April 14, 2015
Groups Urge FWC to Reject Bear Hunting Proposal
In advance of the Florida Fish and Wildlife Conservation Commission's April 15 meeting, conservation and animal protection groups are calling on the FWC to vote down a proposal to open a trophy hunt on the unique subspecies of Florida black bears.
The FWC’s proposal would allow 275 Florida black bears to be killed annually, starting this fall. Opening a trophy hunt could harm the continued recovery of the Florida black bear, which was listed as a threatened species for decades until 2012 and still faces serious threats from habitat loss, genetic isolation and road mortality. Polling earlier this year showed that nearly two-thirds of Florida voters oppose a hunt.
Jaclyn Lopez, Florida director for the Center for Biological Diversity said: “Florida black bears, a unique and distinct subspecies of American black bears, have persisted against all odds: illegal hunting, urban sprawl and busy highways. With less room to roam, it is no wonder there’s been an increase in bear sightings and interactions. It should be obvious – the problem is people, so our solutions should start with people.”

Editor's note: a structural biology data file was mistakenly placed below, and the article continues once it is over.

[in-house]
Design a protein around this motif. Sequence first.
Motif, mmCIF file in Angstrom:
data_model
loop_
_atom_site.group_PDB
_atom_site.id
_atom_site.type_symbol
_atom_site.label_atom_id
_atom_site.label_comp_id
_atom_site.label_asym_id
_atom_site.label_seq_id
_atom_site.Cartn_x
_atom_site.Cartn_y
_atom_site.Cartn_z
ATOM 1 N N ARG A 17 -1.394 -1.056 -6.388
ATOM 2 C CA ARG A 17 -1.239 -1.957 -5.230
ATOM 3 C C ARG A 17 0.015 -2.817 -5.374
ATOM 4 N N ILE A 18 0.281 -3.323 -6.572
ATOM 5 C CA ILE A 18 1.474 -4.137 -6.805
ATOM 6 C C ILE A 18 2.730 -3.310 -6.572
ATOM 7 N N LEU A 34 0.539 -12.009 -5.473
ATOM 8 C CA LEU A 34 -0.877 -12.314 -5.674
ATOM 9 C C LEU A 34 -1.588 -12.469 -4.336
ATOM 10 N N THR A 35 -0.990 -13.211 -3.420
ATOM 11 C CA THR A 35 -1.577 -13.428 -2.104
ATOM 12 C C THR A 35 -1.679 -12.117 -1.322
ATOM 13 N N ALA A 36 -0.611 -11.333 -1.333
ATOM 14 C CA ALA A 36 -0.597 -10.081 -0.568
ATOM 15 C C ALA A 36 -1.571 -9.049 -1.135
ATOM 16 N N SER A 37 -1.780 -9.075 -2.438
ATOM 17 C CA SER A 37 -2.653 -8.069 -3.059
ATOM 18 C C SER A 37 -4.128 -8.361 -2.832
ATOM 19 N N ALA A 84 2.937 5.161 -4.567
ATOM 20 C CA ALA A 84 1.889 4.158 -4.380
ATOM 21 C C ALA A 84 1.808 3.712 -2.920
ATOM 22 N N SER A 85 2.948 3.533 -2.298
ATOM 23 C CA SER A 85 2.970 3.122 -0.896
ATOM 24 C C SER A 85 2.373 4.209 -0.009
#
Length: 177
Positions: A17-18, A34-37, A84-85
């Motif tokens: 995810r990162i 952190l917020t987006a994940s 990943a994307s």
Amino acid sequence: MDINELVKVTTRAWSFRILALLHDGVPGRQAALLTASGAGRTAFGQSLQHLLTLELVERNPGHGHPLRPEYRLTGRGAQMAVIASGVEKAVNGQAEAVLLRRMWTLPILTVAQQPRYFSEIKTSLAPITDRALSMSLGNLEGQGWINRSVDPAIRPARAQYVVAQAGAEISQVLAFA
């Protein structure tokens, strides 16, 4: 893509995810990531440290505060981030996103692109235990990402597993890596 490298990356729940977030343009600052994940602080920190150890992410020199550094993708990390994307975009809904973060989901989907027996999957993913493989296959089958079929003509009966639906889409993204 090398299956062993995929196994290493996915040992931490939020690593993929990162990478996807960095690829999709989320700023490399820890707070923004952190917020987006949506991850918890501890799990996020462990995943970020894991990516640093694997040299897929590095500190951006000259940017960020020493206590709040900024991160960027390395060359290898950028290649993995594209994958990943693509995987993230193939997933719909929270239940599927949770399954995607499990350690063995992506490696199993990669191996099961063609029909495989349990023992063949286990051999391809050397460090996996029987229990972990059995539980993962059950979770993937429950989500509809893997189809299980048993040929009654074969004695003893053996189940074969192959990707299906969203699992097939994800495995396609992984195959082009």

Kate MacFall, Florida state director for The HSUS, said: “The FWC is supposed to be guided by science while managing wildlife, but this proposal is devoid of scientific merit and scorns public opinion. Research shows that hunting bears deep in the woods does not solve the problem of bears drawn to available human food in neighborhoods. The FWC should reject a bear hunt and focus instead on proven strategies that have broad public support and teach bears to stay away from neighborhoods: bear-proof trash management, public education and code enforcement.”
Alexis Horn, organizing representative, Sierra Club Florida, said: “Hunting will not solve human-bear conflicts. Without updated population numbers and the science to prove that Florida's unique black bear population can withstand the cumulative effects of hunting, roadkill and euthanasia, no form of hunting should be considered. The focus should be on preventing human-bear conflicts in the first place.”
- The HSUS: Kaitlin Sanderson, firstname.lastname@example.org, 301-721-6463
- Center for Biological Diversity: Jaclyn Lopez, email@example.com, 727-490-9190
- The Sierra Club: Alexis Horn, firstname.lastname@example.org; 727-490-8215